Refugee by Alan Gratz was the most important book I’ve read this summer; its powerful story is timeless, mainly because we don’t seem to be able to heed its message or behave in ways which create unceasing wars that lead to waves of refugees seeking sanctuary from danger and devastation.
Here’s the jacket copy summary:
Three different kids.
One mission in common: ESCAPE.
Josef is a Jewish boy in 1930s Nazi Germany. With the threat of concentration camps looming, he and his family board a ship bound for the other side of the world…
Isabel is a Cuban girl in 1994. With riots and unrest plaguing her country, she and her family set out on a raft, hoping to find safety and freedom in America…
Mahmoud is a Syrian boy in 2015. With his homeland torn apart by violence and destruction, he and his family begin a long trek toward Europe…
All three young people will go on harrowing journeys in search of refuge. All will face unimaginable dangers–from drownings to bombings to betrayals. But for each of them, there is always the hope of tomorrow. And although Josef, Isabel, and Mahmoud are separated by continents and decades, surprising connections will tie their stories together in the end.
Joseph, Isabel and Mahmoud are all the same age when they must flee their homelands – twelve; they are at that stage of their lives when they are between the innocence and magical thinking of childhood, and a more circumspect and realistic understanding of the worlds they live in. This kind of dual perspective lends their individual stories a moving poignancy, and makes a powerful impact – how do children who have seen their worlds fall apart in such cruel ways ever return to having hope, to believing in humanity?
Gratz does not hold back from describing what war and persecution looks like and feels like; he is especially careful to also include unexpected acts of kindness, as well as moments when people turn away from doing what little they can to assuage suffering. In other words, Refugee is realistic. What makes it a difficult book to read, however, is the way we see history repeating itself time and time again, in every part of the world.
I was moved, too, by the way Gratz described the anguish and frustration of the refugee. Here, for instance, Mahmoud ponders over the predicament of his family as they make one harrowing journey after another trying to find safety:
But Mahmoud wasn’t ready to give up. He wanted life to be like it was before the war had come. They couldn’t go back to Syria. Not now. Mahmoud knew that. But there was no reason they couldn’t make a new life for themselves somewhere else. Start over. Be happy again. And Mahmoud wanted to do whatever it took to make that happen. Or at least try.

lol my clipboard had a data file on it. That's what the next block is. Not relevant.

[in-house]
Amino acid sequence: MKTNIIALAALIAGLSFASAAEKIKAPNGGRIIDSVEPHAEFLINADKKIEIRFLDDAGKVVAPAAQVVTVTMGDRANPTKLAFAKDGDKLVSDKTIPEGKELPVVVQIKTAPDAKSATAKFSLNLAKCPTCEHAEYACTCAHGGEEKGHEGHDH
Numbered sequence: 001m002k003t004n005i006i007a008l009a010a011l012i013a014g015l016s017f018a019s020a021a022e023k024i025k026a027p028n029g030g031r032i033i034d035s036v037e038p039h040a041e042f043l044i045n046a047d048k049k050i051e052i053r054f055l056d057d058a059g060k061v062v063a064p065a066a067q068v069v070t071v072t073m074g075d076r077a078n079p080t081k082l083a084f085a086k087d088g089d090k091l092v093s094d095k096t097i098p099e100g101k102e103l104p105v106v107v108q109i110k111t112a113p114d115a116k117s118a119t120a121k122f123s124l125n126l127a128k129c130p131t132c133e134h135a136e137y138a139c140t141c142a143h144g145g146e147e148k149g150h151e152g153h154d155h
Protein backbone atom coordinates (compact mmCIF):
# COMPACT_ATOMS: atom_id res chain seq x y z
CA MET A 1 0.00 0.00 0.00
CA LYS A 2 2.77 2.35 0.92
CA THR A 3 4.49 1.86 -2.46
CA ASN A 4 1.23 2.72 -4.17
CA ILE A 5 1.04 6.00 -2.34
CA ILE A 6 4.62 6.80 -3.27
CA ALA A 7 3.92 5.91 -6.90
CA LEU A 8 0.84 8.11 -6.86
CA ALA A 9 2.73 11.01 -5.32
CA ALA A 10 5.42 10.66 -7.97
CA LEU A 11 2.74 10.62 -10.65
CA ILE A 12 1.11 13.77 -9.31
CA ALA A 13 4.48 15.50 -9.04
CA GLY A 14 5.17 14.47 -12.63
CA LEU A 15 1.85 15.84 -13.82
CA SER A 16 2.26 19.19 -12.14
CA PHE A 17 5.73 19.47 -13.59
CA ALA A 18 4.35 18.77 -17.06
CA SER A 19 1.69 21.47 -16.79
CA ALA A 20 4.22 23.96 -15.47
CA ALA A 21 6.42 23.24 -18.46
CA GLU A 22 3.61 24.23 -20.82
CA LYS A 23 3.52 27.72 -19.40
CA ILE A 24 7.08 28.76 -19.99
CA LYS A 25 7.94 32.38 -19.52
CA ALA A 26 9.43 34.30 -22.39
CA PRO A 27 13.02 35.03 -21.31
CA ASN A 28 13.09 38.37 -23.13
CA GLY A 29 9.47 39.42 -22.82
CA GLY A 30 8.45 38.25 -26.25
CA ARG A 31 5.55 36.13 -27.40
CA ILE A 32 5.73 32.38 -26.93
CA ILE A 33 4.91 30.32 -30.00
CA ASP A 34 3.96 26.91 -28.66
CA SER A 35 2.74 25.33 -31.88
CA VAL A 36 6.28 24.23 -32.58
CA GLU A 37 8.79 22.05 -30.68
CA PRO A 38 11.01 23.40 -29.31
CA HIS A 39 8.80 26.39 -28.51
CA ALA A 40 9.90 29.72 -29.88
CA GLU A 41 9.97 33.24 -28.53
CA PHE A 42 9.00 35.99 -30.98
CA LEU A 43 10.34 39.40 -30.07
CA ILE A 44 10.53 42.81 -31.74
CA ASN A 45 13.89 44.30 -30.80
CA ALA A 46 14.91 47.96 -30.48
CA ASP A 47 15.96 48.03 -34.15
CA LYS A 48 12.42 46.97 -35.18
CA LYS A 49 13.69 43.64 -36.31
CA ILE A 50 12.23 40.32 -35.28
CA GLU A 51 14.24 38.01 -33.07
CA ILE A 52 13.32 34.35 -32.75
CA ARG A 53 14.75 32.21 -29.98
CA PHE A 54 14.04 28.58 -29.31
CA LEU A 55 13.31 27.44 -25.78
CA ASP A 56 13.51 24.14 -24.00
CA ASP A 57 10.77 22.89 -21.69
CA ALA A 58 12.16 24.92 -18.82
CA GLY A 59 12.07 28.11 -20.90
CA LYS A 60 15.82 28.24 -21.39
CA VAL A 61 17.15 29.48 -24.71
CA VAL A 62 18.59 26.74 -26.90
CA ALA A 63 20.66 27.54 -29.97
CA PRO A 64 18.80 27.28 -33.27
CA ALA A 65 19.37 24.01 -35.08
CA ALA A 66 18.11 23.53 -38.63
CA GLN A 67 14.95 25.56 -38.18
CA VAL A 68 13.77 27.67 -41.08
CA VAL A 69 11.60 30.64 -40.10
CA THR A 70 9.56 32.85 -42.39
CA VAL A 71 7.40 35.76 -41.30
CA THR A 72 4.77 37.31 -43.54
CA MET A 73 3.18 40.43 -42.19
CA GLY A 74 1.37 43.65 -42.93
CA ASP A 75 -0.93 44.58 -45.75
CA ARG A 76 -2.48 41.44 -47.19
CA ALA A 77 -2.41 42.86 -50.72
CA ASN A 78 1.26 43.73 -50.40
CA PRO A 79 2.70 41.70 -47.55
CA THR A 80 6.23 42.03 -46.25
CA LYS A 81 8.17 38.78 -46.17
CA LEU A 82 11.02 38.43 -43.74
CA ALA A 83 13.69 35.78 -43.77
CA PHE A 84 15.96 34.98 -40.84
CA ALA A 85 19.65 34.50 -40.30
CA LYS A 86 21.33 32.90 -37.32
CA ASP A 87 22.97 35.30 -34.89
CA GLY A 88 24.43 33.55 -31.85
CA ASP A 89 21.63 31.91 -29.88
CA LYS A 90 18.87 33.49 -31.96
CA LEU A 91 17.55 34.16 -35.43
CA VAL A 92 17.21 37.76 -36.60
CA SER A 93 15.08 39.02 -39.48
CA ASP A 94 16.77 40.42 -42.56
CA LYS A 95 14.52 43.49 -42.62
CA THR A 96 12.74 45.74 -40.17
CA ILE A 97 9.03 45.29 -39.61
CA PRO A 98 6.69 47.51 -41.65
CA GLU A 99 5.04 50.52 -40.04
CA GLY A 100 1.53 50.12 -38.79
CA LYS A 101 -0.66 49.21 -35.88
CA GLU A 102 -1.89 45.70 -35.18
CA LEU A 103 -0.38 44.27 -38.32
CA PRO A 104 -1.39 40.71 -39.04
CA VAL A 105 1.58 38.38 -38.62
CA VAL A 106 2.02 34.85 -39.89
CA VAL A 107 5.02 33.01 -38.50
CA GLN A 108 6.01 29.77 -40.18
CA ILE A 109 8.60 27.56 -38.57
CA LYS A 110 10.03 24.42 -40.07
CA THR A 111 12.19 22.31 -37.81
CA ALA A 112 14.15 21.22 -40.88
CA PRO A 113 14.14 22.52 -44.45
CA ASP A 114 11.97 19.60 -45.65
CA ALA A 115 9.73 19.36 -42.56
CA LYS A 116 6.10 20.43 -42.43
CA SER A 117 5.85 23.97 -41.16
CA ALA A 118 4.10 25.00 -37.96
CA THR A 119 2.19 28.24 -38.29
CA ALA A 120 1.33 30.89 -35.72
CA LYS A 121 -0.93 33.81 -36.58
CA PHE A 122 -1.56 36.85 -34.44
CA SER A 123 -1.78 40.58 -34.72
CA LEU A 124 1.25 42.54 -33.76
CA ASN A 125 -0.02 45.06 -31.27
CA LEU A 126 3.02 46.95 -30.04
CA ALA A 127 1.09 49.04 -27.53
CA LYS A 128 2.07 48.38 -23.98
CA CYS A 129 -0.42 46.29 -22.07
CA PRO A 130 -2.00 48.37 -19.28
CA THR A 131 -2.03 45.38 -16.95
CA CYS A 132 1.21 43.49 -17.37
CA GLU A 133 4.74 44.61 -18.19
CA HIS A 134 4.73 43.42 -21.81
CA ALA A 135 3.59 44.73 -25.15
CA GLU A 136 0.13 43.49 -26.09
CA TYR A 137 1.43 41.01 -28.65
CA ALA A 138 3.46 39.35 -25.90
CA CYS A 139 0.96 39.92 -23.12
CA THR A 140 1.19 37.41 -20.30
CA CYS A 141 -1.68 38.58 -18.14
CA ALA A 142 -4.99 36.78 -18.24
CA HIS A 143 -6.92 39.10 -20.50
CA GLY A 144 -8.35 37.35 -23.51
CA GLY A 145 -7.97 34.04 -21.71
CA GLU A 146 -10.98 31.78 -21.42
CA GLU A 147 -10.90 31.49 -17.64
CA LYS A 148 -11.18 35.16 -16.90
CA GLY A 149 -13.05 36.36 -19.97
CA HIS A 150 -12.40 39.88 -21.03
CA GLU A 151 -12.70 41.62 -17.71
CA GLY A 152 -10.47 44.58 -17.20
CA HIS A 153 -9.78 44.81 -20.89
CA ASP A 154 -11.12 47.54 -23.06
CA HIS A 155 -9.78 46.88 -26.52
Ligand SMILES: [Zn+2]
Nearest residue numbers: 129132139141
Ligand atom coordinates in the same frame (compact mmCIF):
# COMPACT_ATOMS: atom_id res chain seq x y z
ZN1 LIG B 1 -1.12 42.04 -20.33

But making something happen meant drawing attention. Being visible. And being invisible was so much easier. It was useful too, like in Aleppo, or Serbia, or here in Hungary. But sometimes it was just as useful to be visible, like in Turkey and Greece. The reverse was true too, though: Being invisible had hurt them as much as being visible had.
Mahmoud frowned. And that was the real truth of it, wasn’t it? Whether you were visible or invisible, it was all about how other people reacted to you. Good and bad things happened either way. If you were invisible, the bad people couldn’t hurt you, that was true. But the good people couldn’t help you, either. If you stayed invisible here, did everything you were supposed to and never made waves, you would disappear from the eyes and minds of all the good people out there who could help you get your life back.
Of course, “the people” these three characters encounter across different time frames and continents, are the rest of us – the lucky ones who are not displaced, who live in security, whose lives are not upended by circumstances beyond our control. And, more often than not, we choose to “disappear” the Mahmouds, Isabels and Josephs because it’s uncomfortable, or because choosing not to do something is easier than speaking up and doing the right thing.
The gift of this book is that we can share this story with our students, and open conversations about what it means to see people, to act on their behalf, to keep ourselves open to the idea that we all own a share of the suffering displaced people face, and we must change the way in which we respond. Isabel’s grandfather says this:
“I see it now, Chabela. All of it. The past, the present, the future. All my life, I kept waiting for things to get better. For the bright promise of mañana. But a funny thing happened while I was waiting for the world to change, Chabela: it didn’t. Because I didn’t change it.”
The idea of changing the world, of doing what we can to make it a better place, is one that is especially important now, in Trump’s America, where toxic messages of hate and indifference to suffering are reaching our kids through news every day. We will be reading Refugee in my sixth grade class, and I look forward to many important discussions with my students – to change.